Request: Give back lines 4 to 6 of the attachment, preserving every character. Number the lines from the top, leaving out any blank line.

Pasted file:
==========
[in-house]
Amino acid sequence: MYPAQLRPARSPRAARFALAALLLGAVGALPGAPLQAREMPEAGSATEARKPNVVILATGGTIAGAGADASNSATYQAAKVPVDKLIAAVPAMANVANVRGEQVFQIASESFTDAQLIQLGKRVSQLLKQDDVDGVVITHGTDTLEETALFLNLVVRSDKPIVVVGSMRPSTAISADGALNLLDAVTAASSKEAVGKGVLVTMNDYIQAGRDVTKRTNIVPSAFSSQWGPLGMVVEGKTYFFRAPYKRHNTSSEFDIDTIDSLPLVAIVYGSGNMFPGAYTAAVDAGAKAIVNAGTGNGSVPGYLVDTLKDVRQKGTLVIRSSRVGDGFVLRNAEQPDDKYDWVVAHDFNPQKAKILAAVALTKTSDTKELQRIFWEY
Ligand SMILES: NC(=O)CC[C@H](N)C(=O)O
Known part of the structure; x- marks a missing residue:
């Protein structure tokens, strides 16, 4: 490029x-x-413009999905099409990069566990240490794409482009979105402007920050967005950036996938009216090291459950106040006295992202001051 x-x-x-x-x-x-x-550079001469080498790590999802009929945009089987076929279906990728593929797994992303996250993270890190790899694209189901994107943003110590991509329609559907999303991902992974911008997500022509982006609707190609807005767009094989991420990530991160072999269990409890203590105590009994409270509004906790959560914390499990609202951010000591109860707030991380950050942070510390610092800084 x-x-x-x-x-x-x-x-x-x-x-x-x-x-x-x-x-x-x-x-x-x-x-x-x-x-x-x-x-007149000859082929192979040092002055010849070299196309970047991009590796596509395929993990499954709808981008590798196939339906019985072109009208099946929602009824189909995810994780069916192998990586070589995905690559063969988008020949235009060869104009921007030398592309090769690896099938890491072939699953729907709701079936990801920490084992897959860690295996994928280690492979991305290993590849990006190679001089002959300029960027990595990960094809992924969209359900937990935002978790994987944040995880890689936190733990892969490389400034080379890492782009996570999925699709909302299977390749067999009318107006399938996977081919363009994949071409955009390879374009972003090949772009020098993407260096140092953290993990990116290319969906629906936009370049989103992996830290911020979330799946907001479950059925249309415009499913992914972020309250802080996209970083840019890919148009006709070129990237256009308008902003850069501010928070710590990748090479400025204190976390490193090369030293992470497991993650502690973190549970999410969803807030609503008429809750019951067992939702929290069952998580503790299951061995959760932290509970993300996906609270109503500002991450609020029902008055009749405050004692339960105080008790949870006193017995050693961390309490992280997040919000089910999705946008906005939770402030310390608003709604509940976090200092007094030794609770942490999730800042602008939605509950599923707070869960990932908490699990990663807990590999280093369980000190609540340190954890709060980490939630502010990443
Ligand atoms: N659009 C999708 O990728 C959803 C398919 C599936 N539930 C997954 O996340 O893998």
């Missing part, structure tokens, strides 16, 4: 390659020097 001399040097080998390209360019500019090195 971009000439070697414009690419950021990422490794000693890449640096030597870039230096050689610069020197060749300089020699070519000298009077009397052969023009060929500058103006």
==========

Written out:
Known part of the structure; x- marks a missing residue:
């Protein structure tokens, strides 16, 4: 490029x-x-413009999905099409990069566990240490794409482009979105402007920050967005950036996938009216090291459950106040006295992202001051 x-x-x-x-x-x-x-550079001469080498790590999802009929945009089987076929279906990728593929797994992303996250993270890190790899694209189901994107943003110590991509329609559907999303991902992974911008997500022509982006609707190609807005767009094989991420990530991160072999269990409890203590105590009994409270509004906790959560914390499990609202951010000591109860707030991380950050942070510390610092800084 x-x-x-x-x-x-x-x-x-x-x-x-x-x-x-x-x-x-x-x-x-x-x-x-x-x-x-x-x-007149000859082929192979040092002055010849070299196309970047991009590796596509395929993990499954709808981008590798196939339906019985072109009208099946929602009824189909995810994780069916192998990586070589995905690559063969988008020949235009060869104009921007030398592309090769690896099938890491072939699953729907709701079936990801920490084992897959860690295996994928280690492979991305290993590849990006190679001089002959300029960027990595990960094809992924969209359900937990935002978790994987944040995880890689936190733990892969490389400034080379890492782009996570999925699709909302299977390749067999009318107006399938996977081919363009994949071409955009390879374009972003090949772009020098993407260096140092953290993990990116290319969906629906936009370049989103992996830290911020979330799946907001479950059925249309415009499913992914972020309250802080996209970083840019890919148009006709070129990237256009308008902003850069501010928070710590990748090479400025204190976390490193090369030293992470497991993650502690973190549970999410969803807030609503008429809750019951067992939702929290069952998580503790299951061995959760932290509970993300996906609270109503500002991450609020029902008055009749405050004692339960105080008790949870006193017995050693961390309490992280997040919000089910999705946008906005939770402030310390608003709604509940976090200092007094030794609770942490999730800042602008939605509950599923707070869960990932908490699990990663807990590999280093369980000190609540340190954890709060980490939630502010990443
Ligand atoms: N659009 C999708 O990728 C959803 C398919 C599936 N539930 C997954 O996340 O893998």